Everybody loves a wedding, but not everybody is going to love David E. Kelley's uneven

The Wedding Bells,

premiering tonight at 9, right after

American Idol.

(If you were Fox, would you ever premiere anything at any other time?)

The comedy/drama, very loosely based on the Long Island "wedding factory" called Leonard's, can inspire outright laughs, as when a mother drenches her face in Visine to appear to be crying at her daughter's nuptials, or when Ernesto, the free-spirited chef-artiste, decides some shrimp might liven up the marinara at the Epstein wedding.

It isn't kosher shrimp.

"They called the Anti-Defamation League and reported it as a hate crime," says one of the wedding planners.

Delta Burke plays the mother, and Costas Mandelor is the lothario chef, and neither is among the show's seven regular characters.

And there's the problem. Only two members of the core cast appear even slightly interesting. The other five, including the three sisters who own the business, Annie, Jane and Sammy Bell (thus, the title) are bland stereotypes. Annie (KaDee Strickland) has closed down emotionally, Jane's (Teri Polo) marriage has become mechanical, and Sammy (Sarah Jones) seems to sleep with at least one usher per wedding.

Now, the show does come from one of TV's distinguished writers, and it's possible, if given the chance, that the gals will take wing and carry to the celestial level of Boston Legal, Kelley's other current show.

But Strickland, Polo and Jones are not exactly Candice Bergen, James Spader and William Shatner, even if Strickland did graduate from the University of the Arts and Polo has been in a million shows from Northern Exposure to The West Wing.

Can The Wedding Bells thrive without solid lead characters? Perhaps. The opportunities for absurd wedding situations (in maid-of-honor dresses alone) are endless, and Kelley has become a master of the absurd.

Tonight, sisters Heather and Nicholle Tom play bosomy, brain-dead blonde twins who are like kids at Christmas, up much too early and horning in all over the place at the Bell sisters' Wedding Palace, even though their wedding is a week away.

Another prospective bride jiggles her floppy triceps, moaning that her mother will make her put sleeves on her wedding dress.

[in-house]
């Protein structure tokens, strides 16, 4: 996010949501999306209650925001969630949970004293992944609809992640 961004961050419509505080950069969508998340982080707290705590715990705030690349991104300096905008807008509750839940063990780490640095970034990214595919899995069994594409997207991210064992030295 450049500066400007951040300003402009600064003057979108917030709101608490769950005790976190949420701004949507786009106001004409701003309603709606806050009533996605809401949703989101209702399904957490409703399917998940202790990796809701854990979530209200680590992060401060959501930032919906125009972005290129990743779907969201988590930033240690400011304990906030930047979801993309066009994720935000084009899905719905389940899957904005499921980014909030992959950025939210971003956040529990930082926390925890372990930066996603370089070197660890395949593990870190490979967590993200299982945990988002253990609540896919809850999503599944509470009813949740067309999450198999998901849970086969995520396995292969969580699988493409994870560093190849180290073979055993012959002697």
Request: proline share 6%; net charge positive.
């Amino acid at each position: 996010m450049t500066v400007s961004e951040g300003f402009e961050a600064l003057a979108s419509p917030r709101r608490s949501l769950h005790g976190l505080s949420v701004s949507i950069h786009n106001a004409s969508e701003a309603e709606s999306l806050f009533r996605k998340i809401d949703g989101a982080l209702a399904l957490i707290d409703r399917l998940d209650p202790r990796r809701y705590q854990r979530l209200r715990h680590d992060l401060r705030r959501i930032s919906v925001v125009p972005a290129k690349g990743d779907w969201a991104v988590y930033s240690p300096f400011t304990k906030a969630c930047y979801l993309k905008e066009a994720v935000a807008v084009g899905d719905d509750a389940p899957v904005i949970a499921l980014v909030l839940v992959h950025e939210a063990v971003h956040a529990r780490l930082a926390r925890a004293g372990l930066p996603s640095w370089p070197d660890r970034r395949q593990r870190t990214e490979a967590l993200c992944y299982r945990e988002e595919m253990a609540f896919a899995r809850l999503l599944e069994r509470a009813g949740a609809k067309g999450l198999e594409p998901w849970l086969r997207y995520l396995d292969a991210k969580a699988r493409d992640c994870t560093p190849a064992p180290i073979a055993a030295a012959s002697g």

"You could totally have that so done," one of the twins advises, focusing on the flab.

Kelley may already have fired his biggest-caliber guest-star bullet with Burke, who has evolved into a comic treasure, as the mother of tonight's shrewish bride, but Missi Pyle, the bride herself, a meaner and more tightly wound version of Marcia Cross' Bree Van De Kamp on Desperate Housewives, will be joining the wedding company full time next week.

As Amanda Pontell, Pyle (recently seen as the showgirl who conned Ando on Heroes) may just be shrill and uncompromising enough to inject some sizzle into the business, and things could get explosive if veteran fireball Sherri Shepherd works her way into the permanent cast, as many recurring Kelley characters do, as the no-nonsense assistant.

Two of the male regulars, Jane's schlub husband (Benjamin King) and Ralph Snow, the wedding singer (Chris Williams), could use the boost. Michael Landes, on the other hand, is so fascinating and smoking-hot as the photographer, that the show is guaranteed at least a reasonable female audience no matter what happens.

After its post-Idol send-off, The Wedding Bells moves to Fridays at 9, when nobody watches Fox anyway. That means it should have time to grow. Like many an arranged marriage, awkward at first, it could blossom.

At a wedding, after all, optimism rules.

Jonathan Storm |

TV Review

The Wedding Bells

Debuts tonight at 9 on Fox29.